Food & Drink
How to get the best from five BBQ types of meat
For our final installment of JOE's BBQ King in association with Bulmers, we'll detail how to get the most out of whichever meat your choose and what to look out for beforehand.
Obviously nothing goes together better than beef and BBQs but you'll want to pay careful attention to the type of cut, thickness and cooking time for whichever cut you purchase. Remember that many cuts of beef are already tender enough without needing to be marinated - though in the case of eye-of-round or flank cuts, they will tend to be less tender.
Always remember to bring the meat to room temperature before grilling, cut away any visible fat and start the meat on higher heat initially to seal in the juices. Grilling time usually takes 4-5 minutes each side for rare cuts, 7-8 minutes for thick cuts and 10 minutes each side if you like your steaks well done.
For sausages you won't need to be quite as picky before grilling, though we would recommend large sausages such as bratwurst beforehand. Thankfully sausages require little to no preparation beforehand but that doesn't mean you should take your eye off the meat at any stage.
For example, if cooked over a direct heat, the flames will bring the sausage past boiling point, splitting the meat and cause the juices to run out of the sausage. Not recommended.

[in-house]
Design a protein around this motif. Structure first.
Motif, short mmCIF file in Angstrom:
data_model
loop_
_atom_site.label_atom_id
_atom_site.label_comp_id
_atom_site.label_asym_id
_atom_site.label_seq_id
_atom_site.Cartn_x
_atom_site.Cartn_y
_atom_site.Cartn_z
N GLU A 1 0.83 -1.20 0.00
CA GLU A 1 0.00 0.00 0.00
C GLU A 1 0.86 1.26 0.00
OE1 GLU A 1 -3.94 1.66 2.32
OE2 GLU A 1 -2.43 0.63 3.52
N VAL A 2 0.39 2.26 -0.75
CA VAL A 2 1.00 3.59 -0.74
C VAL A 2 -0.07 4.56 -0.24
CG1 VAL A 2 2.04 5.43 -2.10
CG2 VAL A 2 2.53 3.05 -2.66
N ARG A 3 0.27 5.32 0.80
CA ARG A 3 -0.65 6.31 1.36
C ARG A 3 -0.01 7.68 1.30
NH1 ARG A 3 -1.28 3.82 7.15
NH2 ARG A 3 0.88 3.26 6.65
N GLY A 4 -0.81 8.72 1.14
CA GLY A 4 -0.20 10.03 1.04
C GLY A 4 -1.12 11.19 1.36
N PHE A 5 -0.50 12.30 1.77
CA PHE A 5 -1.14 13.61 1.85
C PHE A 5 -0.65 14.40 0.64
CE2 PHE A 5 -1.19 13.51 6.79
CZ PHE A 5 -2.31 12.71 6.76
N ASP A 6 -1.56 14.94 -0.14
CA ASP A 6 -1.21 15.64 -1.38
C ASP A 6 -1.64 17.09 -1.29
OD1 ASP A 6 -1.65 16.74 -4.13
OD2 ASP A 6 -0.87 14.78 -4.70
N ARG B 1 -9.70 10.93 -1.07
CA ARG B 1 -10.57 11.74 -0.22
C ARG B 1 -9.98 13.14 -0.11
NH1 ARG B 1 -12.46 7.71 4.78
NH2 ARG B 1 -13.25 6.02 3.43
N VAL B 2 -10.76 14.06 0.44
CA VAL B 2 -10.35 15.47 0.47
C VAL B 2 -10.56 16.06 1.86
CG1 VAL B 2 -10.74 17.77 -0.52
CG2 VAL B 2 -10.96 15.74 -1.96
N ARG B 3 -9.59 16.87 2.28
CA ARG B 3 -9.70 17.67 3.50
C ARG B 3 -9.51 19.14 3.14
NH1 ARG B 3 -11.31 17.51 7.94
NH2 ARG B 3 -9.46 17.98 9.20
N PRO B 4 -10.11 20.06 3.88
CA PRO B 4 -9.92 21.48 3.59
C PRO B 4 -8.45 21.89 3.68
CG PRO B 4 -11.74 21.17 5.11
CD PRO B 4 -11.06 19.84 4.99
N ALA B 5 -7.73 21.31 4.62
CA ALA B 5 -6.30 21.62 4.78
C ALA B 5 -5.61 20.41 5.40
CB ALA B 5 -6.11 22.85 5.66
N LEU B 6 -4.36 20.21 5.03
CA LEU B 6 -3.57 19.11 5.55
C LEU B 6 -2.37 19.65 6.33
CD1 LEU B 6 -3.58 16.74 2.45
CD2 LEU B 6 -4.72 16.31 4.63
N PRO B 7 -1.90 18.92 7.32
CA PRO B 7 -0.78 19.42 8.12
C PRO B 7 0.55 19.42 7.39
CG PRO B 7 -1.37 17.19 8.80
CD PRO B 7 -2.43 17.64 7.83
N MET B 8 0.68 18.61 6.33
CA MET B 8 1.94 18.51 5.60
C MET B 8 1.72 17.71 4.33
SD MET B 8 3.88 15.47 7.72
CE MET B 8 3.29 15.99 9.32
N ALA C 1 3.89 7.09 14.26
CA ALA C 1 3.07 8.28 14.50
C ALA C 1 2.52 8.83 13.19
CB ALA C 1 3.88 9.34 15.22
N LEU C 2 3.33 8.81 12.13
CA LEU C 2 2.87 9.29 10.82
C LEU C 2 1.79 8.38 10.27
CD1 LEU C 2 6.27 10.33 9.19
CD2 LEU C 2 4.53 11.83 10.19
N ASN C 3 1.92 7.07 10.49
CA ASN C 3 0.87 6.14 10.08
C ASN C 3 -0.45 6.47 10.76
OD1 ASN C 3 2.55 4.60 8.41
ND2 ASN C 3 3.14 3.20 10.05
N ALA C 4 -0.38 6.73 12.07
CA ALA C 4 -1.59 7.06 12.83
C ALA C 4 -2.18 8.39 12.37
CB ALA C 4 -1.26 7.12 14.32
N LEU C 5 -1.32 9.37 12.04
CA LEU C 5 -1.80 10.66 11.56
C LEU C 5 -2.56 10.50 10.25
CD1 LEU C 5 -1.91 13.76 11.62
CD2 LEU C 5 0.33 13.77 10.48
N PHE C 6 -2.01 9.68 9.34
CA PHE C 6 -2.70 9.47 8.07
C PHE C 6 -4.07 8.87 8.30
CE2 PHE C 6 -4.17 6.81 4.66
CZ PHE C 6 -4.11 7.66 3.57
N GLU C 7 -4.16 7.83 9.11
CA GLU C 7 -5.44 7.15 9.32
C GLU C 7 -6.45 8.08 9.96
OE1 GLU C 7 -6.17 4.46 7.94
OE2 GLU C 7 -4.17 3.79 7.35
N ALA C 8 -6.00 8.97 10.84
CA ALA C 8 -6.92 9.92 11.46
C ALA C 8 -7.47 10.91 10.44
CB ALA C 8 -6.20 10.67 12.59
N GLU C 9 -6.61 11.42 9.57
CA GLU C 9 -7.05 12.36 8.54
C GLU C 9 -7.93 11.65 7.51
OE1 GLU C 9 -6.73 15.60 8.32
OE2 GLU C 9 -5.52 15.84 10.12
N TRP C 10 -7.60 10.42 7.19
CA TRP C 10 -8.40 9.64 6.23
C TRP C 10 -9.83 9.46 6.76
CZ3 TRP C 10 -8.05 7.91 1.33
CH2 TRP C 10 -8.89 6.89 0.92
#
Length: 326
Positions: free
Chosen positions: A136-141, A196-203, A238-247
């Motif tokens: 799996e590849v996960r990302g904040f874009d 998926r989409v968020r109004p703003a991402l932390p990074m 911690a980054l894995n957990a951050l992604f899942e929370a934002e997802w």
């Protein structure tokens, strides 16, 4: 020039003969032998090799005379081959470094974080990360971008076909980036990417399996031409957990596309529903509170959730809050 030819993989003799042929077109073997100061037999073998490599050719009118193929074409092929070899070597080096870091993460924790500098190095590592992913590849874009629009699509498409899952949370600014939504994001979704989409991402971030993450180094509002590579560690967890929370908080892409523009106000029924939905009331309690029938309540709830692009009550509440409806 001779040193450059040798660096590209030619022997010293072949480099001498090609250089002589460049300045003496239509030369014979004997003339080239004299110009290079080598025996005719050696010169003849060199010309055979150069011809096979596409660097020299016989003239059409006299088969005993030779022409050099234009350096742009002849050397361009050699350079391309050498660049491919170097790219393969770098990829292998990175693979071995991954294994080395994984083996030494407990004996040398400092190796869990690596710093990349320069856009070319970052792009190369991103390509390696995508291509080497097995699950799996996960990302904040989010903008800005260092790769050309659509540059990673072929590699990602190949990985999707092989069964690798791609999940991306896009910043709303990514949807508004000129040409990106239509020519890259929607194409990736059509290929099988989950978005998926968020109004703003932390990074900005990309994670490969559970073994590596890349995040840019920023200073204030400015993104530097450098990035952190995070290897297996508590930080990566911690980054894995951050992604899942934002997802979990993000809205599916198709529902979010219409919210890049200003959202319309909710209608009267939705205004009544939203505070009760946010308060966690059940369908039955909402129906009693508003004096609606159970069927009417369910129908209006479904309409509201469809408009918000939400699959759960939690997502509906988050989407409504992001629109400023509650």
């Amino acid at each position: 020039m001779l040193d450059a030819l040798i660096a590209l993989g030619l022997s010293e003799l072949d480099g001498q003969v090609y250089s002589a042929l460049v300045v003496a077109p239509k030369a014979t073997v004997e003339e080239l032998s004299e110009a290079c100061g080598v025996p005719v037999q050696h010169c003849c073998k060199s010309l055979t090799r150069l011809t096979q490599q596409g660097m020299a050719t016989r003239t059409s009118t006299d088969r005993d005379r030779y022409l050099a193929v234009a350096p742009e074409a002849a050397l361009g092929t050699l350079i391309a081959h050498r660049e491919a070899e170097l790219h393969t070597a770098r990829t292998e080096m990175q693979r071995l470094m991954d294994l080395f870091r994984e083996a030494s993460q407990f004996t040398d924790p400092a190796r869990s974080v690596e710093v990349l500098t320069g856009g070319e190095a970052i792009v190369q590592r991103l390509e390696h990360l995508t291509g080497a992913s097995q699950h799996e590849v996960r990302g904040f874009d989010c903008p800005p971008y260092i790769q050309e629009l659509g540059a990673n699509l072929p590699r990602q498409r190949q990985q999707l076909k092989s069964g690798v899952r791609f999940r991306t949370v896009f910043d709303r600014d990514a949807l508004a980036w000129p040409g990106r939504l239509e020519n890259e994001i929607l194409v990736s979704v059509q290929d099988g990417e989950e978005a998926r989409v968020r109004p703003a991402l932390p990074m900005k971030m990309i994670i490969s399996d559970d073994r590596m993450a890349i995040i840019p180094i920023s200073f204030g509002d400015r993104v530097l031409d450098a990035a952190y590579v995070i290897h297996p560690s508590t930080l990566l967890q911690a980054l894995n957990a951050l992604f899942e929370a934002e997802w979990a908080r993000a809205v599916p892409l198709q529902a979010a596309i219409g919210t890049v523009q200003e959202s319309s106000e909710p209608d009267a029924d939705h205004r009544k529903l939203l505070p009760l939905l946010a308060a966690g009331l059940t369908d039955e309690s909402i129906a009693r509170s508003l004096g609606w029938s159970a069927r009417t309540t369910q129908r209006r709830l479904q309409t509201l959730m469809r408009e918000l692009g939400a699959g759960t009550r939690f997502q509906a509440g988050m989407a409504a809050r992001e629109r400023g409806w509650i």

Instead we advise cooking your sausage through indirect heat, allowing them to brown for 1-2 minutes on a high heat before turning it down to medium and arranging them as far away from a heat source behind the lid afterwards. They should then cook for around 10-15 before reaching an ideal interior temperature of 160 degrees.
Chicken is very much a more time-consuming but less work-intensive meat. We recommend a slower method that begins with a seasoned chicken left on a grill of between 230° and 250°F and left for 2 1/2-3 hours. This way you won't get charred chicken and can leave the basting until the chicken itself has been cooked through.
You'll want a butterflied leg of lamb here so unless you have a boning knife, ask your butcher to do so beforehand. From here you can marinate the lamb and then run two or three skewers through the legs before cooking. You'll need a steady, low heat and will want to turn the legs every ten minutes or so.
As a rule of thumb, allow around 40-45 minutes for a thick leg and 30-35 for a smaller leg, while also allowing a little time before carving afterwards.
Why should turkey be confined to just a dry feast on Christmas Day? Or weather permitting (this is a long shot, admittedly), it could even be a new way to celebrate December 25th. Here you'll need a whole turkey cooked on a low, indirect heat, placing the bird on the grill surface.
At least once every hour you'll need to baste it, while we would estimate that you'll need 30 minutes cooking time per pound. Once the temperature reaches 180, she's cooked, so allow 10 minutes resting time before tucking in.